5. Daily Dose# 16 An amazing song to hear. After a few words, this song begins with the elegant voice of Miss Streisand who excels well as Fanny Brice. I was glad that she did not “belt” the song as it was perfect just as it is. Even though the lovers are in taciturn, we could see that Nick gazes lovingly at Fanny during the song. The camera shots were simply perfect as it follow the movements of Fanny till it ends.
  6. Daily Dose# 15 Explore any common themes and filmmaking techniques in a very different movie also directed by George Cukor, Gaslight. (If you are not familiar with Gaslight, compare and contrast Cukor's theme in this scene and his techniques with another musical you have seen during this course) "Gaslight" and "My Fair Lady" are common in one thing. The plot of both these films revolve around in London. Yes, we could see that the men have designs on their ladies. The fact is that the former wants to get hold of the jewels whereas the latter wants to get a well-polished woman out of her Cockney accent. Note the emotional transition moments in this scene, how the actors portray them, and how Cukor supports them. Yes, the emotions of Miss Doolittle was brimming and Professor Higgins was happy to see his Galatea back to life. This scene has a juxtaposing effect i.e. (Happiness and Sadness viewed together within a room) What do you notice about the relationship between Eliza and Higgins that seems enhanced by Cukor’s direction? We could see that Eliza's time as Cinderella is up and she has to return to her normal life. Eliza is struck by the Cupid's arrow but the Professor was not ready to show his affections yet.
  7. Daily Dose# 7 This scene is quite unique as it flows away from the norm. The reason is that one doesn't see a girl chasing behind a man of her dreams. The usual norm is that "A Man chases a Girl" and courts till she's his own. Here, we could see that Betty is chasin' behind Frank till he runs out. Eventually, she empowers him with less might as Frankie is light as Feather. This scene would be an inspiration for another Baseball movie: "Damn Yankees" where Joe (Tab Hunter) is seduced by Lola (Gwen Verdon) in men's locker room. I should say that this scene was way ahead of its time. Here's the clip.
  8. Daily Dose# 13 In what ways does this scene look backwards to classical musicals and how does it look ahead to new disruptions that we now know will happen in the movie musical? In this scene, one could see that an audition takes place and the candidates try out their performances. Then, two adorable children perform "Let Me Entertain You". All of a sudden, a woman swiftly comes through the hallway and pushes the casting director aside. Since, she was a stage mother, she knew everything about the stage, the set and the program. Easily, she took over the stage to make her children the stars of the show. Naturally, she made sure to drive away the other children away from the audition. This scene was indeed unusual to me as no one could run and take over the auditions unless the casting director or the show manager says so. This is the introduction of Mama Rose in the film. Comment on Rosalind Russell’s entrance and performance especially as a traditionally trained stage and film actress. Miss Russell's role as Mama Rose is that of an authoritarian mother who stops at nothing but to see her children shine like stars. She will do anything to get them on Show Business. A stage mother knows how to survive on stage. She takes the place of the casting director and casts the existing one out. She has been an experienced actress since the early 1930's and everyone knows her for her performances as the energetic news reporter Hildy Johnson in "His Girl Friday". Pay attention to the song “Let Me Entertain You” in this scene. Is there anything you notice in Sondheim’s lyrics that are sly, subversive, or edgy? You can also discuss the song’s performance and staging as disruptive (or not). Yes, the lyrics of this song is a little bit cheeky Since, it is sung by a cherubic child, I don't think that the audience would take this song in a wrong way.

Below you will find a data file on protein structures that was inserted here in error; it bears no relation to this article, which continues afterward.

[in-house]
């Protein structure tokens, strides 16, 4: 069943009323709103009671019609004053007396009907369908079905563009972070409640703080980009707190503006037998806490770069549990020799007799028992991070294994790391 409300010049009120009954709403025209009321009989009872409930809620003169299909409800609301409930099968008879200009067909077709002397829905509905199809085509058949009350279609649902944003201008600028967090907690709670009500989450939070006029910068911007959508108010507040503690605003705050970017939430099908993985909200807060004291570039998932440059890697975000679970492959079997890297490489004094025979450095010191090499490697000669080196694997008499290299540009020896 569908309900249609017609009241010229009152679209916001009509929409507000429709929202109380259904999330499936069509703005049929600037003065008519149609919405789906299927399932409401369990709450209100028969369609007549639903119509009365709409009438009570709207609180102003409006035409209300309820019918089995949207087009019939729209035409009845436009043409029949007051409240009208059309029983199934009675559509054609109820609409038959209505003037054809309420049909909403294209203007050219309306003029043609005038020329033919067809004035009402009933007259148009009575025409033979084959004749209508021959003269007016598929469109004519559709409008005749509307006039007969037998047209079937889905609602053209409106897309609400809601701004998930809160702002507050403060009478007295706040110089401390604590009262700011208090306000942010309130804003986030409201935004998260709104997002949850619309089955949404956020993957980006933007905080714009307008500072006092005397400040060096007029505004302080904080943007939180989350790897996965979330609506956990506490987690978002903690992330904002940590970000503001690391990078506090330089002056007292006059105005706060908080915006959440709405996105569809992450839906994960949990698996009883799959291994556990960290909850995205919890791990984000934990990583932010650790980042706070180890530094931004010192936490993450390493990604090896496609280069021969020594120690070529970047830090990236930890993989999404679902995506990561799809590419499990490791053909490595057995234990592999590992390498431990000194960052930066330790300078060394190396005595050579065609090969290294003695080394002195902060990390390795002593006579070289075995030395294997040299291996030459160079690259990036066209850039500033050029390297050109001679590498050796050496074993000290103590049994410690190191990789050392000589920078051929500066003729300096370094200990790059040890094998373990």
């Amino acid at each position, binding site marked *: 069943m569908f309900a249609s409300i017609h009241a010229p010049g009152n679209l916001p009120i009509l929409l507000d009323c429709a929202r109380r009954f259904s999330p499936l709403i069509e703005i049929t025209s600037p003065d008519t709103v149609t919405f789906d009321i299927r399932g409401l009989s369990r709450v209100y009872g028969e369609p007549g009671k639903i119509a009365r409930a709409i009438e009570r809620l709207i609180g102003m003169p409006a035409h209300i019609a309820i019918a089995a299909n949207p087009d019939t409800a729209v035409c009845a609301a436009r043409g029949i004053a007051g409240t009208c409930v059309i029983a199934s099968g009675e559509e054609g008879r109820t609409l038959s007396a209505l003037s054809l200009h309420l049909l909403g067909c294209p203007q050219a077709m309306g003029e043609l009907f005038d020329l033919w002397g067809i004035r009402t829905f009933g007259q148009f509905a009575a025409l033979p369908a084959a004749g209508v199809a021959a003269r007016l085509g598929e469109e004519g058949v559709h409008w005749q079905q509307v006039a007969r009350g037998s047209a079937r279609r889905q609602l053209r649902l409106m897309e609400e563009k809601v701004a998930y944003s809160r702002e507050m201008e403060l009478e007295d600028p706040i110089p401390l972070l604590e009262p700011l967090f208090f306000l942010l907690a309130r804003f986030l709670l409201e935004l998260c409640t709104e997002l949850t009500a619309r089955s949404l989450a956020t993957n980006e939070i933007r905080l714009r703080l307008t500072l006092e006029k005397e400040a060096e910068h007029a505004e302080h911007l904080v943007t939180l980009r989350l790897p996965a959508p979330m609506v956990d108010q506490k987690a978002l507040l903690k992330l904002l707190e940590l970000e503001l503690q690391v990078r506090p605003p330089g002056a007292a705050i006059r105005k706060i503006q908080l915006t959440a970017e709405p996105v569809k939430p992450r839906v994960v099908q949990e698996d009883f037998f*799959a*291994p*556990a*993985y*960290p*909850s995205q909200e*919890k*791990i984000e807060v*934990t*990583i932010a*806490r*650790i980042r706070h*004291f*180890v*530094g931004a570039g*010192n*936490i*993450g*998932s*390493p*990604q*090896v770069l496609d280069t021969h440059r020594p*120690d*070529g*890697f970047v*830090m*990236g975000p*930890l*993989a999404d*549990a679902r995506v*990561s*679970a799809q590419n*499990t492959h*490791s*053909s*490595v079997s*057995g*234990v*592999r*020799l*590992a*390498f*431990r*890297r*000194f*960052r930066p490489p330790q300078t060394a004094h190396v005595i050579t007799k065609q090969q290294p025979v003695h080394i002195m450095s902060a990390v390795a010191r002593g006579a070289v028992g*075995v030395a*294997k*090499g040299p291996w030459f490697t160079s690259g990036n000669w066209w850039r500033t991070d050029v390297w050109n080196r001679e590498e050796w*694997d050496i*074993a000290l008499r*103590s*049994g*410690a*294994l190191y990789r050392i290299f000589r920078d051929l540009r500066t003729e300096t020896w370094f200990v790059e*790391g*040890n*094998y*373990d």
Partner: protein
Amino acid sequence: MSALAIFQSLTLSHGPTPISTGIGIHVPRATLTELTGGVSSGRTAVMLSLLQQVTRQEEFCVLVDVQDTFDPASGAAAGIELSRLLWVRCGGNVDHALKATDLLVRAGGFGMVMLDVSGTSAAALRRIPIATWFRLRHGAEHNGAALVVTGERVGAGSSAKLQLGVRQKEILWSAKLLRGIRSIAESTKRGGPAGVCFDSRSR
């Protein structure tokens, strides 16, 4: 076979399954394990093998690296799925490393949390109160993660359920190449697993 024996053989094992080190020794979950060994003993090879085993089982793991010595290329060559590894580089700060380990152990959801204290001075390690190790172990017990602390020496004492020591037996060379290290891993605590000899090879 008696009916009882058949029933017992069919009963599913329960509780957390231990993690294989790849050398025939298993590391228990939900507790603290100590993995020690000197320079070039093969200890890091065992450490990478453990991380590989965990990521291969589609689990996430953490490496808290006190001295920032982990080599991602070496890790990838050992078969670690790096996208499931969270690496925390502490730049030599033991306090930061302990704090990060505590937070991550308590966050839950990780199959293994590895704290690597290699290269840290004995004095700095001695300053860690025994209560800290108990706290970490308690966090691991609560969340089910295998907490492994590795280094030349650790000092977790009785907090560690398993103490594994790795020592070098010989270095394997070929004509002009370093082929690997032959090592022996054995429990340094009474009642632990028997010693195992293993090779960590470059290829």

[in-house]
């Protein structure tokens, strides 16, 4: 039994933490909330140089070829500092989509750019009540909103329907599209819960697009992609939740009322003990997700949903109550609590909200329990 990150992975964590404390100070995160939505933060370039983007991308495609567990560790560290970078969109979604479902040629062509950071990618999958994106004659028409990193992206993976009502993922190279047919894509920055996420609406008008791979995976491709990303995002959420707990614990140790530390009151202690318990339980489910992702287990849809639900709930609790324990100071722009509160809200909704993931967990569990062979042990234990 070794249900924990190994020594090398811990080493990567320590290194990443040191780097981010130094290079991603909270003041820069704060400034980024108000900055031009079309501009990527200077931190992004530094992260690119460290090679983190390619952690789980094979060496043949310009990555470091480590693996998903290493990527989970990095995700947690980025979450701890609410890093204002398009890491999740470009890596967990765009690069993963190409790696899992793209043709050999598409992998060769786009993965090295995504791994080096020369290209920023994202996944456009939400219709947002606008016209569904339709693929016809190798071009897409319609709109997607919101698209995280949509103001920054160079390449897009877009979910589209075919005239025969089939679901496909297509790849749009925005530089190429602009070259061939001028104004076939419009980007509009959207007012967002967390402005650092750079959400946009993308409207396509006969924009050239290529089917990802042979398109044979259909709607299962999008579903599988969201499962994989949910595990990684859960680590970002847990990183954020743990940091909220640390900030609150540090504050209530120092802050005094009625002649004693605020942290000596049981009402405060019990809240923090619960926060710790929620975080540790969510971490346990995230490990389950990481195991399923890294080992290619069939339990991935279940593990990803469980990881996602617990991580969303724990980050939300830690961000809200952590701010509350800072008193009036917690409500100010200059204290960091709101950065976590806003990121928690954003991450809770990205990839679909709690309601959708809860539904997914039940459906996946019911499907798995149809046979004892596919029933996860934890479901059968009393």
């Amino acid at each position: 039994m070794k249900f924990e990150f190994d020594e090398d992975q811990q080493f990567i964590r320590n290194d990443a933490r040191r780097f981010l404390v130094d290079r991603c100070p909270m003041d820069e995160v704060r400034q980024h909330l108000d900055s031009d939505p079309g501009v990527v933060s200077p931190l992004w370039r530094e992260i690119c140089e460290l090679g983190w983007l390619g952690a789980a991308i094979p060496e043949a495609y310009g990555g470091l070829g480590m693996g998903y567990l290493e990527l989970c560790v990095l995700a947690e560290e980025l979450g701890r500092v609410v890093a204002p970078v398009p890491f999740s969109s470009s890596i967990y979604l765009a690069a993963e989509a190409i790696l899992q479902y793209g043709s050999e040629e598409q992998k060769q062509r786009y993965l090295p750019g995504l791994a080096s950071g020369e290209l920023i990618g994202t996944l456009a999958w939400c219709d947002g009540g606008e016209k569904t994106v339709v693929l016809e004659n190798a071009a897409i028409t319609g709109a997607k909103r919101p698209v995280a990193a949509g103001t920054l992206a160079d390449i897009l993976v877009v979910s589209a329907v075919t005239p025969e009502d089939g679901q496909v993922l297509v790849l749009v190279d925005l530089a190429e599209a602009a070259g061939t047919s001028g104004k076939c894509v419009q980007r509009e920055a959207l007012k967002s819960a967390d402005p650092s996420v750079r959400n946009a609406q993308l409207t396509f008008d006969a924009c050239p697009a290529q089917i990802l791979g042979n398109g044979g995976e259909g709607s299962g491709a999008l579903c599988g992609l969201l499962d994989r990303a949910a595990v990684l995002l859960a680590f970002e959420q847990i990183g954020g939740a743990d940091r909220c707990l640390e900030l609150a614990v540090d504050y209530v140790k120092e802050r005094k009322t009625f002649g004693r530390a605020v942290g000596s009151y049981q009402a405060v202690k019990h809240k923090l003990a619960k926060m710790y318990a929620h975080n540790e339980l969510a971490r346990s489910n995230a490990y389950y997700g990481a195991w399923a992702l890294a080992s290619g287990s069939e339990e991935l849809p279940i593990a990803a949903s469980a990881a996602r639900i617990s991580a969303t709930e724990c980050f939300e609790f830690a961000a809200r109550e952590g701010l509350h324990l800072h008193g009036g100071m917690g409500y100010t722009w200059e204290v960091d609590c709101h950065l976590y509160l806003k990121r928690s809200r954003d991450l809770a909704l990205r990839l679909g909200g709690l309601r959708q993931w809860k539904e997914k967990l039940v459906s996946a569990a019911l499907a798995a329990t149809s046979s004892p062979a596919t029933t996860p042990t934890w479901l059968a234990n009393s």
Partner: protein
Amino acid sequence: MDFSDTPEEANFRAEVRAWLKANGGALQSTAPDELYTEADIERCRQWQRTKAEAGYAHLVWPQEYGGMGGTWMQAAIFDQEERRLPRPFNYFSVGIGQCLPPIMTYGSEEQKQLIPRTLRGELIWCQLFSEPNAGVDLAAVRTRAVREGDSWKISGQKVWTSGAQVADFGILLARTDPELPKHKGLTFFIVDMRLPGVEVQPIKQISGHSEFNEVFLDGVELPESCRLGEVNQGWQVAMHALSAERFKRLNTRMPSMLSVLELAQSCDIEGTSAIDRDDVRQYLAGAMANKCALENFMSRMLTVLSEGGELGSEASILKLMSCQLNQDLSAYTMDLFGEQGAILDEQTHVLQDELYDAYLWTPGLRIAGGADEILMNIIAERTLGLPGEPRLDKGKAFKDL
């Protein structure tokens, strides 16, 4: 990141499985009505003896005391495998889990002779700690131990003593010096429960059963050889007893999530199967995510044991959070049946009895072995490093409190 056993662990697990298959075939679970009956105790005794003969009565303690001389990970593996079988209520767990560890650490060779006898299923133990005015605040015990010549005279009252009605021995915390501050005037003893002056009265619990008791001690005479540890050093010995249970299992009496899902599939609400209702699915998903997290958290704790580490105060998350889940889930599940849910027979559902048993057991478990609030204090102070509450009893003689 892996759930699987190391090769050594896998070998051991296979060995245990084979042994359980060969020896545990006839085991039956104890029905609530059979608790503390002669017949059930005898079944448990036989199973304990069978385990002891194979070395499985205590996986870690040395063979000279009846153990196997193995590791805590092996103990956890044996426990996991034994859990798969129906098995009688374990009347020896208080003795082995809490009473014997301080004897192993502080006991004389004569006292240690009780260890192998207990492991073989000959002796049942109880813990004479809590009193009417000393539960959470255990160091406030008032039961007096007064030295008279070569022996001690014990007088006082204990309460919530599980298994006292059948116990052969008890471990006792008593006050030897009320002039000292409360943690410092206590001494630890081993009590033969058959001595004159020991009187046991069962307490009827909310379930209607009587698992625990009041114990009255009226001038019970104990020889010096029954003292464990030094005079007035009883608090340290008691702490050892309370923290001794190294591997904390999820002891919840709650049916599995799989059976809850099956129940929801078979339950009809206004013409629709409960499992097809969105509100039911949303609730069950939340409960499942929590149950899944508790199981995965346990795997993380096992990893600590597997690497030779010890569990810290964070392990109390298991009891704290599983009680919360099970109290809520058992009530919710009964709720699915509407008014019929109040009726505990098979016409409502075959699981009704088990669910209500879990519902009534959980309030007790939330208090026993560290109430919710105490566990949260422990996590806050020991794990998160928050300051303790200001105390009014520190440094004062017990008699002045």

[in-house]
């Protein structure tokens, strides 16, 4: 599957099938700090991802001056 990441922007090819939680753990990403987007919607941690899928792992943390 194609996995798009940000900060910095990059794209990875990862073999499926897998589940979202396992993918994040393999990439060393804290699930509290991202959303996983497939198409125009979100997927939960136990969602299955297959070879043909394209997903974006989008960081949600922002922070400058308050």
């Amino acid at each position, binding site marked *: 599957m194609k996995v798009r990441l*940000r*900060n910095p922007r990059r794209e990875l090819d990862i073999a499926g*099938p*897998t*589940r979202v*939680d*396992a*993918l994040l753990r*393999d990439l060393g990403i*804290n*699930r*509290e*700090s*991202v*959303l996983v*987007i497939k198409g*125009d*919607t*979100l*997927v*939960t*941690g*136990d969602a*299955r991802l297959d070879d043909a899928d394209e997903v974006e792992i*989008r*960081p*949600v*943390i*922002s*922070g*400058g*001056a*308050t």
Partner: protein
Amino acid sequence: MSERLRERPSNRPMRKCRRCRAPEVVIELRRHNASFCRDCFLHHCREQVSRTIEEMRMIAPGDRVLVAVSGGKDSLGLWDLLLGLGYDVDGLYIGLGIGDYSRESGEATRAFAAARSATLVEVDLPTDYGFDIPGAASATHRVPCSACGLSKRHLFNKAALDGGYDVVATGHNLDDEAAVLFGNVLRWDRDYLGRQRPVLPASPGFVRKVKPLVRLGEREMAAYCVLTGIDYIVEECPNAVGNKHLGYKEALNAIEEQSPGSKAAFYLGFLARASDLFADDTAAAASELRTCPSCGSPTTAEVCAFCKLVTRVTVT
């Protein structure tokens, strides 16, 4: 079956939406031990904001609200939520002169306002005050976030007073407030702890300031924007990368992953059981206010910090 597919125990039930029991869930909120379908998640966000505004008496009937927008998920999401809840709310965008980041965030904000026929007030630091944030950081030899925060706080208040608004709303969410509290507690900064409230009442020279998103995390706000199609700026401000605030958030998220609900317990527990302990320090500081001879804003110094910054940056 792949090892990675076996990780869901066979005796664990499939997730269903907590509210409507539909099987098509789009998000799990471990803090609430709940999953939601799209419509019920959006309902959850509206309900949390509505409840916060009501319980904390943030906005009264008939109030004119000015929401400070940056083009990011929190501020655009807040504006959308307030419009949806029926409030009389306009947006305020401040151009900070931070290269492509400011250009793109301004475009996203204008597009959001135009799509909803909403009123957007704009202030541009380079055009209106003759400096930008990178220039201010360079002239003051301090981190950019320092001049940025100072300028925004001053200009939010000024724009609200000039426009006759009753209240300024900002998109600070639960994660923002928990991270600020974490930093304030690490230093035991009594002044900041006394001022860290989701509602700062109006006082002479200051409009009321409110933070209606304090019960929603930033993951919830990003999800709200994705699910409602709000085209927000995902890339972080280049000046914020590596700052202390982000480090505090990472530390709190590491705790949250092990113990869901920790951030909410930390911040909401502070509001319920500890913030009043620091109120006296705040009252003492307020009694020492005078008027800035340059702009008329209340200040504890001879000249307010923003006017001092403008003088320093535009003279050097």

9. Daily Dose# 14 As you look back to the masculine performances in musicals of past decades, what changes in male representation, and performance would you say are most noticeable? Mr. Preston was known for portraying Beta male characters and he was usually cast as second lead. It is at the peak of '60's do we get to see him as a all-round performer. His performances showed a vaudevillian touch even along with the likes of Elvis Presley and the Beatles. What other specific qualities do you notice about Robert Preston in either or both of these clips? Mr. Preston was seen in both these clips as a charismatic performer who conquers the complete interaction of his audience even though he ended up in a brawl with one of its audience in the second clip. Well, he was charming. Have you seen any Robert Preston films that are not musicals? If so, what do you notice about his characters and his approach to acting, now that you are more aware of his dedication to working his craft outside of his stage or film work? I have seen him in "Reap the Wild Wind" as Susan Hayward's lover. Even though, he is a supporting character in this film. His role did have some swashbuckling moments to show for his love. Here's the clip.